The Importance of Hope

Dear Engaged Bystander: Another workshop idea… In a recent workshop for women, someone asked man excellent question. “We work with so many different cultures and customs, how can we tell someone when and how to intervene?”   The group was silent, and I felt a sense of hopelessness in the room – how complex this issue really is, how many different situations we hardly address, and so much more. 

To really respond to this question, I felt that I had to address both the question about cultural competence AND the lack of hope that was growing in that workshop. 
 
Cultural Competence: I believe that the essence of an effective bystander intervention must be based within the cultures and norms of the community. So in this case, I asked the group to share their stories of when they did see or when they did intervene in just any kind of situation. As the group began to share their stories, first the energy in the room began to change. There was talk, engagement, laughter and a deeper connection. 
 
Hope: I listened for the parts in each story that had a sense of hope in it. I believe that hope is the missing ingredient in bystander stories. As I mentioned in a previous blog, people often talk about what someone did NOT do and how someone did NOT say anything. In each story, I pointed out the ways in which each story had a connection to it, a way that someone did care and did say or do something.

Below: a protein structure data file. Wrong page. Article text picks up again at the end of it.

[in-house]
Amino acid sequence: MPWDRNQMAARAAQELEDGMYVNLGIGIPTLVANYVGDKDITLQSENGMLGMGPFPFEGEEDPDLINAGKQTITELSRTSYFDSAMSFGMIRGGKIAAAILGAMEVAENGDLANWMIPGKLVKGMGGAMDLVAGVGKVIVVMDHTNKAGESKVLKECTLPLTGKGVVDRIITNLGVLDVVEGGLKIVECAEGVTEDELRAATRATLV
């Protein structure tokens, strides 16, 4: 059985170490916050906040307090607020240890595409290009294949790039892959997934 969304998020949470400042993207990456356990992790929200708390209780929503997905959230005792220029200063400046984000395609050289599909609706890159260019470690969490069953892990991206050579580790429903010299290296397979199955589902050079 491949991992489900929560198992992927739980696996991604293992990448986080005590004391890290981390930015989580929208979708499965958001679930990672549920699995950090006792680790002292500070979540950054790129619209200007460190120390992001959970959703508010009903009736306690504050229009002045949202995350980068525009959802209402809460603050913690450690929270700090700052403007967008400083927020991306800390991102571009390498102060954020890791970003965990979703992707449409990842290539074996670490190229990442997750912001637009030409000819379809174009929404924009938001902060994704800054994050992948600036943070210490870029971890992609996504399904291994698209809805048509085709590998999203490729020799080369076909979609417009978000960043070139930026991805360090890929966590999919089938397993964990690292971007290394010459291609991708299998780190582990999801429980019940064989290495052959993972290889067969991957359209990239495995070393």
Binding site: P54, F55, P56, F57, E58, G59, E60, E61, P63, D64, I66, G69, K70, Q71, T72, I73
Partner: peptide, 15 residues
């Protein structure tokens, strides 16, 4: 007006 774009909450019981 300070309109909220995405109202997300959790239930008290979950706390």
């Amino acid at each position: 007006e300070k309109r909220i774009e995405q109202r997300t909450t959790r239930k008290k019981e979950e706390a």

As we shared the bystander stories, the variety of responses also began to emerge.   What one woman said she did in her Latina community another woman said would not work in her orthodox Jewish community.   But each woman shared what did work in her own community in a particular situation – the subtle difference in each story and the way people showed respect in each of the stories demonstrated how each community can talk about how they care for each other. 
 
What I loved most was that everyone agreed that there was some language for talking about what is a healthy and positive relationship. What made a good marriage, who was a solid member of the community and everyone could talk about how great it was when they saw an adolescent show real respect in a relationship. These stories of hope gave us all a great starting point and yes, a sense of hope for bringing positive bystander stories to our communities.        
 
Warmly
Joan